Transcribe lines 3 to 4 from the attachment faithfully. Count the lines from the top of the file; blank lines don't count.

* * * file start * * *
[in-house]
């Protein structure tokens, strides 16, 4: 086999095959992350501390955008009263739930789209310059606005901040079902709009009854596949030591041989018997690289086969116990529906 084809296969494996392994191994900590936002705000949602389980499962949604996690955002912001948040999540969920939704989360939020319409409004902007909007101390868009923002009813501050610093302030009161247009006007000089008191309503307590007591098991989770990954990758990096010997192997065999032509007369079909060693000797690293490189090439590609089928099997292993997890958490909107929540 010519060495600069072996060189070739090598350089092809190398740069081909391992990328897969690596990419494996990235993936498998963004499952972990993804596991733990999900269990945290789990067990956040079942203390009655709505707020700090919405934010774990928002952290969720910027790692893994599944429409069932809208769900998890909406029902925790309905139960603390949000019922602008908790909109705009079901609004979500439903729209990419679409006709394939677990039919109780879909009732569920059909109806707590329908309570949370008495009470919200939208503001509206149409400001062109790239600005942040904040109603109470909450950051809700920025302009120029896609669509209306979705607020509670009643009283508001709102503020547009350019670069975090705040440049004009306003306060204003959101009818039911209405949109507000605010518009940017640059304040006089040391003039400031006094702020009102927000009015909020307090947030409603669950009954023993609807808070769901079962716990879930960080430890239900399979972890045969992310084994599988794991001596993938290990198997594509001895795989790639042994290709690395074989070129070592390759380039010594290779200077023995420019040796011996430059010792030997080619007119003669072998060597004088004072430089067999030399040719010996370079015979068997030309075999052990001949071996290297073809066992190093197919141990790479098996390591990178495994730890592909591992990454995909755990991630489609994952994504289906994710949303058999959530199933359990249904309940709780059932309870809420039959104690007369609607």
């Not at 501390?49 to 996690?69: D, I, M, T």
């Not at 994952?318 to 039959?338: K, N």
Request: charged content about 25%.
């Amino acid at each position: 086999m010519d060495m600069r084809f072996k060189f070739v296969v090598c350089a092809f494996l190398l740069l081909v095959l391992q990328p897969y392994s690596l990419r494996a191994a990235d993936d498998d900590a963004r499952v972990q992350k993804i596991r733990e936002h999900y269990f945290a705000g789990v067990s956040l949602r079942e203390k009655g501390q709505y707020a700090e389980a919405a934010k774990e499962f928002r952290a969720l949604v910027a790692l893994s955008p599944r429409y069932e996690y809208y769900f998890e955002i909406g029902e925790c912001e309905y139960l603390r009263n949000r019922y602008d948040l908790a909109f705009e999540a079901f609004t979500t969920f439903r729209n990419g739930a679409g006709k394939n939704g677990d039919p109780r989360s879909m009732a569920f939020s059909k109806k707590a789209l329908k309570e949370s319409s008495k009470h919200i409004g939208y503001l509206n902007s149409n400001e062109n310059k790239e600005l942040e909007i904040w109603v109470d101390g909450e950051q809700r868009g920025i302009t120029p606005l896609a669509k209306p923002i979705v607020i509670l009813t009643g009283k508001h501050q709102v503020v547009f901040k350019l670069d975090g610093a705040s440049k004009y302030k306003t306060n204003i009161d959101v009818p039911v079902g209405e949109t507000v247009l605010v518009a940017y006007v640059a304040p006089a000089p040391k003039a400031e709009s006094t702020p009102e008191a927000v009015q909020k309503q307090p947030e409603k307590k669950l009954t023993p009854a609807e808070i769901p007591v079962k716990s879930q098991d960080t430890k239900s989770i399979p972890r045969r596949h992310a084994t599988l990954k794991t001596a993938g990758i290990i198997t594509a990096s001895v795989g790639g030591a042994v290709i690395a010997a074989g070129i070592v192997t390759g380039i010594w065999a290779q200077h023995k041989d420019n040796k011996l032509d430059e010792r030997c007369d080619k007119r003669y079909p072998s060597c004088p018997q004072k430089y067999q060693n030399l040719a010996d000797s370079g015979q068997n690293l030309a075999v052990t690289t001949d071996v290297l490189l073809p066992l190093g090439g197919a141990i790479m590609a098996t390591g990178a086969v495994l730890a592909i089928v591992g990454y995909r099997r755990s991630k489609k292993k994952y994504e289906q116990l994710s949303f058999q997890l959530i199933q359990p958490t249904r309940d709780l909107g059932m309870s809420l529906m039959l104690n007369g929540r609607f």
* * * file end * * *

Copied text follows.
């Not at 501390?49 to 996690?69: D, I, M, T």
């Not at 994952?318 to 039959?338: K, N």